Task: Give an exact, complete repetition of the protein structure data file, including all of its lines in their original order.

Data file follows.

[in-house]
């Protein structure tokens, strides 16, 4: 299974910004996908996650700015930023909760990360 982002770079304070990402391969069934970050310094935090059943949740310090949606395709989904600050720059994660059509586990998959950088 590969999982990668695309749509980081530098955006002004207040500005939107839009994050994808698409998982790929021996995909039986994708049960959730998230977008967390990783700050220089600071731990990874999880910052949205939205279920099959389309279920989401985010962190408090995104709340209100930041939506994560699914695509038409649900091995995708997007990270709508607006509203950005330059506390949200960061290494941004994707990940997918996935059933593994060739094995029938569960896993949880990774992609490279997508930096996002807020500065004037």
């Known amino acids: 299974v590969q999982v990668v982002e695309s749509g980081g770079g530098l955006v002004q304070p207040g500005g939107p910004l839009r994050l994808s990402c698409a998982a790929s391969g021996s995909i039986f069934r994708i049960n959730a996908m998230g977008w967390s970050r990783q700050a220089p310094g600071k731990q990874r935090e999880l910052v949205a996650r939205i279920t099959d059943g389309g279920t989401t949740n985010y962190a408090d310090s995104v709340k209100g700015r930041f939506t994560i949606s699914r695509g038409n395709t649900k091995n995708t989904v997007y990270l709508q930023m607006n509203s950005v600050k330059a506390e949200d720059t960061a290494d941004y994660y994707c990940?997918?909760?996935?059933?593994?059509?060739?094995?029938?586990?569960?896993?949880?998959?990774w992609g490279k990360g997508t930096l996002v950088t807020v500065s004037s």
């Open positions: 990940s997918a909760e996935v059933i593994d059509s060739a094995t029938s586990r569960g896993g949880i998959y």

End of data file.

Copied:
[in-house]
């Protein structure tokens, strides 16, 4: 299974910004996908996650700015930023909760990360 982002770079304070990402391969069934970050310094935090059943949740310090949606395709989904600050720059994660059509586990998959950088 590969999982990668695309749509980081530098955006002004207040500005939107839009994050994808698409998982790929021996995909039986994708049960959730998230977008967390990783700050220089600071731990990874999880910052949205939205279920099959389309279920989401985010962190408090995104709340209100930041939506994560699914695509038409649900091995995708997007990270709508607006509203950005330059506390949200960061290494941004994707990940997918996935059933593994060739094995029938569960896993949880990774992609490279997508930096996002807020500065004037």
């Known amino acids: 299974v590969q999982v990668v982002e695309s749509g980081g770079g530098l955006v002004q304070p207040g500005g939107p910004l839009r994050l994808s990402c698409a998982a790929s391969g021996s995909i039986f069934r994708i049960n959730a996908m998230g977008w967390s970050r990783q700050a220089p310094g600071k731990q990874r935090e999880l910052v949205a996650r939205i279920t099959d059943g389309g279920t989401t949740n985010y962190a408090d310090s995104v709340k209100g700015r930041f939506t994560i949606s699914r695509g038409n395709t649900k091995n995708t989904v997007y990270l709508q930023m607006n509203s950005v600050k330059a506390e949200d720059t960061a290494d941004y994660y994707c990940?997918?909760?996935?059933?593994?059509?060739?094995?029938?586990?569960?896993?949880?998959?990774w992609g490279k990360g997508t930096l996002v950088t807020v500065s004037s």
């Open positions: 990940s997918a909760e996935v059933i593994d059509s060739a094995t029938s586990r569960g896993g949880i998959y």